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‘We’re Really Like Them’: Somali Book Authors Write About Experience Settling In Green Bay

From Hijabs To Missing Family Members, 'The First Winter' Details Journeys, Reveals Emotions

Somali women from the United ReSisters of Green bay
Members of the United ReSisters of Green Bay. Photo by Kara Counard, Bloom Photography. All rights reserved.

Najma Hussein writes that after a group tied to al-Qaeda showed up in Mogadishu, Somalia in 2009, nothing was safe. When her family fled to the United States, they left behind a big, beautiful house with a garden in the back. But the house showed traces of gunshots. War had destroyed it.

A letter from Zamzam Nur to her 12-year-old self warns that when she arrives to Somalia, where her family is originally from, after having grown up in Minneapolis, her heart will be broken when she sees starving people outside of a dilapidated airport.

Somali, The First Winter, Two Shrews Press
Photo courtesy of Two Shrews Press

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Nada Kasim reveals in a poem all the things she might not have had: a blanket of her own, delicious food, a lot of clothes or a fancy house. But the blanket was warmer when shared with family, she writes. Special food tasted better during holidays and she was ecstatic when she finally did get a new dress. In the poem titled, “What We Had,” Kasim writes, “I might have missed my home country, but at least I wasn’t afraid of losing the people I love.”

These are some of the stories, poems and letters from 12 Somali girls and women ages 15 to 25 in a new book, “The First Winter.” The book is available through its publisher, Two Shrews Press. Some of the women represented are part of a group called the United ReSisters; Kasim, Nur and others have been working on the book for the past two years about their experiences as Somalis settling in Green Bay.

Nur said the book is one way to help people become aware of Somali beliefs and heritage because their presence in Green Bay is relatively new and their culture there is somewhat unknown.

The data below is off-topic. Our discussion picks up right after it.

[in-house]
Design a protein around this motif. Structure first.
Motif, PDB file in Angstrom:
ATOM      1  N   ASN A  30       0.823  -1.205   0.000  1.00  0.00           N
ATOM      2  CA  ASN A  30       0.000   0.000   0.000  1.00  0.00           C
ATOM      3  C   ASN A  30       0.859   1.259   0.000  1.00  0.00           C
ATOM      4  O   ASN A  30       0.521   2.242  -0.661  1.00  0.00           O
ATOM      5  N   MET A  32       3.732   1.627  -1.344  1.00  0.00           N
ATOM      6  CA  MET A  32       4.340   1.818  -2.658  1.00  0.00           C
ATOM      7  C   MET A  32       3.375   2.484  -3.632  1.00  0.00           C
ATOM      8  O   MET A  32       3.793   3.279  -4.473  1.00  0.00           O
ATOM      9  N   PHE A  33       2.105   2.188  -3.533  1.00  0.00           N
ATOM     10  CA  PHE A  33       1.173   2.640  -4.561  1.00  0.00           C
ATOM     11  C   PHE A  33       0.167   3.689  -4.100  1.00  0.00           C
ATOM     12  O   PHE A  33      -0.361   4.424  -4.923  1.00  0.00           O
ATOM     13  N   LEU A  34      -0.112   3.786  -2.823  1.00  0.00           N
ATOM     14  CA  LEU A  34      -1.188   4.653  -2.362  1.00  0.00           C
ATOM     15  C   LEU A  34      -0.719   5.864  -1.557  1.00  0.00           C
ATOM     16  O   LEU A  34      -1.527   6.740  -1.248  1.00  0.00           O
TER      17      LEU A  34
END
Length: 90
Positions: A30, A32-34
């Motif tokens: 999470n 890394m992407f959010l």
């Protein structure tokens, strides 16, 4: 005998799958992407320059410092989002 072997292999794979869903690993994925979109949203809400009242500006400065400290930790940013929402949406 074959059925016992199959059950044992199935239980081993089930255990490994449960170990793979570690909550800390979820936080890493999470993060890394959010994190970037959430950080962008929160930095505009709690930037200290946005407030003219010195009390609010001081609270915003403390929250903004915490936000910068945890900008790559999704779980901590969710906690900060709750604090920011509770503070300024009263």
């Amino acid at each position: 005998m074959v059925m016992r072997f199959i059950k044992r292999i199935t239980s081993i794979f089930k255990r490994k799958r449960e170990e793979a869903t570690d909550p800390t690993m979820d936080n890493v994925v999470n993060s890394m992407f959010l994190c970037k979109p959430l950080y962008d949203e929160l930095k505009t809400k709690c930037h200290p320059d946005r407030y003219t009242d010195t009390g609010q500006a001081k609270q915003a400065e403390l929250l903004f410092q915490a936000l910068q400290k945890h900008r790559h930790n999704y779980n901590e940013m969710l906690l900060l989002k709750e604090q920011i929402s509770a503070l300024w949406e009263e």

“We want them to know that we’re not just a bunch of people that just wear headscarves and don’t know anything,” Nur said. “We just want them to know that we’re really like them and we want them to know that we strive for the same things as people here in Green Bay.”

United ReSisters is a grassroots organization that began in April 2017, Nur explained. The goal is to connect Somali women with others in the community to build friendships and support systems. Participants meet every week over tea and snacks, and do activities together such as art.

In the forward of the book, Green Bay Area Public Schools Superintendent Michelle Langenfeld is quoted saying, “I am proud to be part of the educational and broader community system that is contributing to the hope, safety and well-bring of the young women who share their stories in these pages.”

Leaving war behind in search of peace, Kasim said she found the community of Green Bay welcoming and loved her experience in the school system, where she met teachers and students willing to help her learn English. She was a sophomore at East High School during her first year in Wisconsin.

She found clothes a little bit tougher to come by and ended up getting a sewing machine to create clothes she could wear, much like her father did back in Somalia. Her family was separated from him for 11 years. Both she and Nur found reactions to their hijabs — a head covering some Muslim women wear in public — a little bit surprising.

A lot of people stare. Children will often ask, “Mommy, why is she wearing that?” Nur said.

Both women said they would prefer if people came up to them and asked about the hijab instead of making assumptions.

Kasim might give you a response such as what she wrote in the book: “Hijab isn’t just about wearing a scarf on my head,” she said. “It’s about covering my body with loose clothing in order to concentrate on becoming who I am within. True hijab comes from inside, just as true modesty comes from within.”

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